Turns out you can rapidly improve your levels of vitamin D (and even overshoot). Since vitamin D deficiency was associated with a significant risk of cardiovascular disease and reduced survival, it's worth keeping an eye on it. The jury is still out on what exactly is optimal for a particular individual: a 4.5 year study of 420,000 people in Israel aged 45 years and older concluded that "Vitamin D in the 20-36 ng/mL range was associated with the lowest risk for mortality and morbidity. The hazard ratio below and above this range increases significantly." Another study on ~14,000 adults (17 or older) in Kansas concluded that mortality was essentially same in the 20-40ng/mL rage. ConsumerLabs has compiled more research in their Vitamin D review article (paid content) and considers the healthy range to be between 25 and 35 ng/mL, for the average population. For me in particular (male, white, early 30s), InsideTracker recommended 40-48.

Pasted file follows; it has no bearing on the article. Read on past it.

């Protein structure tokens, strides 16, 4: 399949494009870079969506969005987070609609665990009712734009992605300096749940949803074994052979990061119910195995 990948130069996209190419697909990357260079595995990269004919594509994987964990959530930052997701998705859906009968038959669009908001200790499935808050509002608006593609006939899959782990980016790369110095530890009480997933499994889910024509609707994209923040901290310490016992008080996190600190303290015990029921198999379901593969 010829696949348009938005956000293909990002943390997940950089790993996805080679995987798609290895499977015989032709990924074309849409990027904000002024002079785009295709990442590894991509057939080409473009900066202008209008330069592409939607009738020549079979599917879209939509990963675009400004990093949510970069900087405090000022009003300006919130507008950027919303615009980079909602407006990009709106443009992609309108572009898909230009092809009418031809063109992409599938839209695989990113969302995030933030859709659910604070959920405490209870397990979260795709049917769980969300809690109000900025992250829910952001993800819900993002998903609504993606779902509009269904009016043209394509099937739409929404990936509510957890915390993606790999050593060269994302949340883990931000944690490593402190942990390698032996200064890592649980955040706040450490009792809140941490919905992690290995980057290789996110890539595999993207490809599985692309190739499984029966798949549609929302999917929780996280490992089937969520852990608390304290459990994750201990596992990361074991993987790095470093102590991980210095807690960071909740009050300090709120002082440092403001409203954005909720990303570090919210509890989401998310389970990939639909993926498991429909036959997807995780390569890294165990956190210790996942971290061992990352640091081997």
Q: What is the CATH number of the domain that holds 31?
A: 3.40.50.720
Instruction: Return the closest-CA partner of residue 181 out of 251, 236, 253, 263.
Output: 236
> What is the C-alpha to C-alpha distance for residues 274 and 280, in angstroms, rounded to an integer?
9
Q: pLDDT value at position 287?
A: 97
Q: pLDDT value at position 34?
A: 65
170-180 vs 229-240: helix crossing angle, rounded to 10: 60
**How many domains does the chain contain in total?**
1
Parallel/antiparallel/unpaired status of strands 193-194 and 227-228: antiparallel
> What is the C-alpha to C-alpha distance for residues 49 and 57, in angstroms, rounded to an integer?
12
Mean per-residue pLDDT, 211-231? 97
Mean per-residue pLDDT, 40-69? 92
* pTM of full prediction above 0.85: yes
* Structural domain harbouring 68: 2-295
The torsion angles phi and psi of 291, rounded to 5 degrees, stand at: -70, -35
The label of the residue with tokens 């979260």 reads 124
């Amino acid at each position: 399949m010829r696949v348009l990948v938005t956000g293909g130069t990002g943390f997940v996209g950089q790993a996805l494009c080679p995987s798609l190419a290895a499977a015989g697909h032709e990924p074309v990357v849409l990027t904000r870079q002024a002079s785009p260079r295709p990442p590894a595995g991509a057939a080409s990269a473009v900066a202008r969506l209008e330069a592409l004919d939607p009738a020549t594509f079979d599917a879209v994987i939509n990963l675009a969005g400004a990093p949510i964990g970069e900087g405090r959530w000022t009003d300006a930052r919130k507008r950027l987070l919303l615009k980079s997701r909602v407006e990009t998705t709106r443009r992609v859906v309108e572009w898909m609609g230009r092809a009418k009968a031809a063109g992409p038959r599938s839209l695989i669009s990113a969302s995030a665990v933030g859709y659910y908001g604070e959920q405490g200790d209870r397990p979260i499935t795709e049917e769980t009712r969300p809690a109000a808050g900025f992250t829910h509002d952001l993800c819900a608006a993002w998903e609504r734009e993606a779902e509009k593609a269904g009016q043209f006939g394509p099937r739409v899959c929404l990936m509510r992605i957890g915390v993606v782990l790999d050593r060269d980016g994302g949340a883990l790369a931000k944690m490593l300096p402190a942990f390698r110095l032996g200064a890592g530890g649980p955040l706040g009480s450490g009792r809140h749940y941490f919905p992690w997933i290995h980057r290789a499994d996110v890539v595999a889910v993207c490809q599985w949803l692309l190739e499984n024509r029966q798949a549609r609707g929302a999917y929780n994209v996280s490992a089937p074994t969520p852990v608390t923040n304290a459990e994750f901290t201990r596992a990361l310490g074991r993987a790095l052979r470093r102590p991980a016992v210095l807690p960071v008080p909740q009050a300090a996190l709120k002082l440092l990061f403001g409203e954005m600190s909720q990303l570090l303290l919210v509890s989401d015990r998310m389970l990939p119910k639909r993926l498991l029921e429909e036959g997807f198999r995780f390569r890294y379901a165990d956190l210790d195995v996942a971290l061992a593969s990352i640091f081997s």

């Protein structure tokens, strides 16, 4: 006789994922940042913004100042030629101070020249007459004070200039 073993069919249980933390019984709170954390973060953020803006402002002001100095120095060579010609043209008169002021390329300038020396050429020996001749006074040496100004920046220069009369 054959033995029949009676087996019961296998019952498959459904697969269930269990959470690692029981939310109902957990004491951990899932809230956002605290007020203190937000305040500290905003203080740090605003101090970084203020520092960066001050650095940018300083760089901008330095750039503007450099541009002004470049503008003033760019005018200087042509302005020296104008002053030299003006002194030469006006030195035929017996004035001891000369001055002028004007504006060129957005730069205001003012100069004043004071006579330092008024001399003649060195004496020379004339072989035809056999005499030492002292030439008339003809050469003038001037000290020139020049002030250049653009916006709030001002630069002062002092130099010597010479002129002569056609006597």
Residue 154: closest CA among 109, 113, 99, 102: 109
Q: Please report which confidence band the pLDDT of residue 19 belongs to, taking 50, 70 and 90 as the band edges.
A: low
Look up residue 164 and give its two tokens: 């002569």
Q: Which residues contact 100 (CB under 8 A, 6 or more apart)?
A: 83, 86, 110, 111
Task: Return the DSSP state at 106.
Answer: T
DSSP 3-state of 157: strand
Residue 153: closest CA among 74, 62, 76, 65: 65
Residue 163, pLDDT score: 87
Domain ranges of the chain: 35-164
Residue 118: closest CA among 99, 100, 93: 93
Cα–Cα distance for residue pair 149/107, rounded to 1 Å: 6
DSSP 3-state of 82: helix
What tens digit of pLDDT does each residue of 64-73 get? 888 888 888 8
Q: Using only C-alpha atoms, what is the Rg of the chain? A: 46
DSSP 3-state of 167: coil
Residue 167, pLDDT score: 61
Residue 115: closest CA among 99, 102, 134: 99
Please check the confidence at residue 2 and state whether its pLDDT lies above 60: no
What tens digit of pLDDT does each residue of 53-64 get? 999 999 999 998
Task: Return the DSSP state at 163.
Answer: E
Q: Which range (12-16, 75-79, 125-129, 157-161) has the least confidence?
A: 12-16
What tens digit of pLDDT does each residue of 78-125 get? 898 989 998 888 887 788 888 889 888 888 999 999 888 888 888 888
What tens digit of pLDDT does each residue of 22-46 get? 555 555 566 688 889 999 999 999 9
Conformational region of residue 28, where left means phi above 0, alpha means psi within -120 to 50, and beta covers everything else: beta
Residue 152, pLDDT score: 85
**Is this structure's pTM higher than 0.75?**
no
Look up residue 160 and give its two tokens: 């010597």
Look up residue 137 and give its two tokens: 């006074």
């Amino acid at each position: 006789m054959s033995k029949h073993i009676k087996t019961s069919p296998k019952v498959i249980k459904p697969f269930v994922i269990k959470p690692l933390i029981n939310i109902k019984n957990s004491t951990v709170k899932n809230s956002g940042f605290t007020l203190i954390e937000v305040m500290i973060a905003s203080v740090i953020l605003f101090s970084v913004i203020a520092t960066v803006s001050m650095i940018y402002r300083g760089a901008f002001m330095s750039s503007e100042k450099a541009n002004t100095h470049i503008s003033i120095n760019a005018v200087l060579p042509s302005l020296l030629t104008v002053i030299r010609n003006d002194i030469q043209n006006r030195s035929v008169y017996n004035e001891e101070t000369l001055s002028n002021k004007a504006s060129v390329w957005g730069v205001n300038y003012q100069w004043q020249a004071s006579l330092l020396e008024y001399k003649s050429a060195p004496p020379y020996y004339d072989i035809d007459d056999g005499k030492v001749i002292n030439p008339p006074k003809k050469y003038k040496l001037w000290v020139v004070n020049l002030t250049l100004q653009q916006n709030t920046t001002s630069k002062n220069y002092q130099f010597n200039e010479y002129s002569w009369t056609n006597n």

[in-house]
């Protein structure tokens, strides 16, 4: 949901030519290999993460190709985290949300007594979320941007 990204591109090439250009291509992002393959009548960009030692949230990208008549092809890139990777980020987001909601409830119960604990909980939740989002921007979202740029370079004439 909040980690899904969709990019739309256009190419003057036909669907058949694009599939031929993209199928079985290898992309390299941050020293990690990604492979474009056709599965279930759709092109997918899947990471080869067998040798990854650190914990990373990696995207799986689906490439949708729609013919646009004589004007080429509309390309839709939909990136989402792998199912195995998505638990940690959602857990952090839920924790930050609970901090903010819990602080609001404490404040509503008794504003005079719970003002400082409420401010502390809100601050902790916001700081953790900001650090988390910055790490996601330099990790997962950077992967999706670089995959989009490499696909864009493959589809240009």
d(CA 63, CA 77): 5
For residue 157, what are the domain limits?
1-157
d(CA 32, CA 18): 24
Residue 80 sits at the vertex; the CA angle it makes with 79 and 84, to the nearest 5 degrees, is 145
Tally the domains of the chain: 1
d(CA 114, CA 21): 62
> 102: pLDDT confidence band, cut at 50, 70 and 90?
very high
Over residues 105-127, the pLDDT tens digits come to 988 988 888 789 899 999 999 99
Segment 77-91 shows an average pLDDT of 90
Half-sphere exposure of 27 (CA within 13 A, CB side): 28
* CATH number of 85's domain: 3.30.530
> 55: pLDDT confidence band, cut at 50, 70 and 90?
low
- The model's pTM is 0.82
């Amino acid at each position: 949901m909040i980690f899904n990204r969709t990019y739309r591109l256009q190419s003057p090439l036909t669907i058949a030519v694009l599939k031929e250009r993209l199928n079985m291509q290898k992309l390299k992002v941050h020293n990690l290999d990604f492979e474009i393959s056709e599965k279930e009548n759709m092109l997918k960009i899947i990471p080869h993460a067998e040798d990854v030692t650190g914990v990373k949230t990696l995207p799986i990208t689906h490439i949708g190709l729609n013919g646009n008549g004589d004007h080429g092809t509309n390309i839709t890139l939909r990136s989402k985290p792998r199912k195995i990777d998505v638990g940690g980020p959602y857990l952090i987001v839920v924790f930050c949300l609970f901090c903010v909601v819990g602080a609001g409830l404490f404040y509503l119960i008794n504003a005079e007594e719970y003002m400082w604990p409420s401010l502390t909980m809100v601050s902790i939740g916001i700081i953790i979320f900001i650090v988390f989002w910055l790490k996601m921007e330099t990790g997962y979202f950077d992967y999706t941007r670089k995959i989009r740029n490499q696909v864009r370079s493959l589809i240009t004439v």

More information

InsideTracker was exactly the motivation I needed to once again take my nutrition and exercise regimen seriously. Hope you found this review useful. Please feel free to ask questions in the Comments section below. Also,


In April 2015, I ran another exeriment powered by InsideTracker: Can a 3-day fast reset your immune system?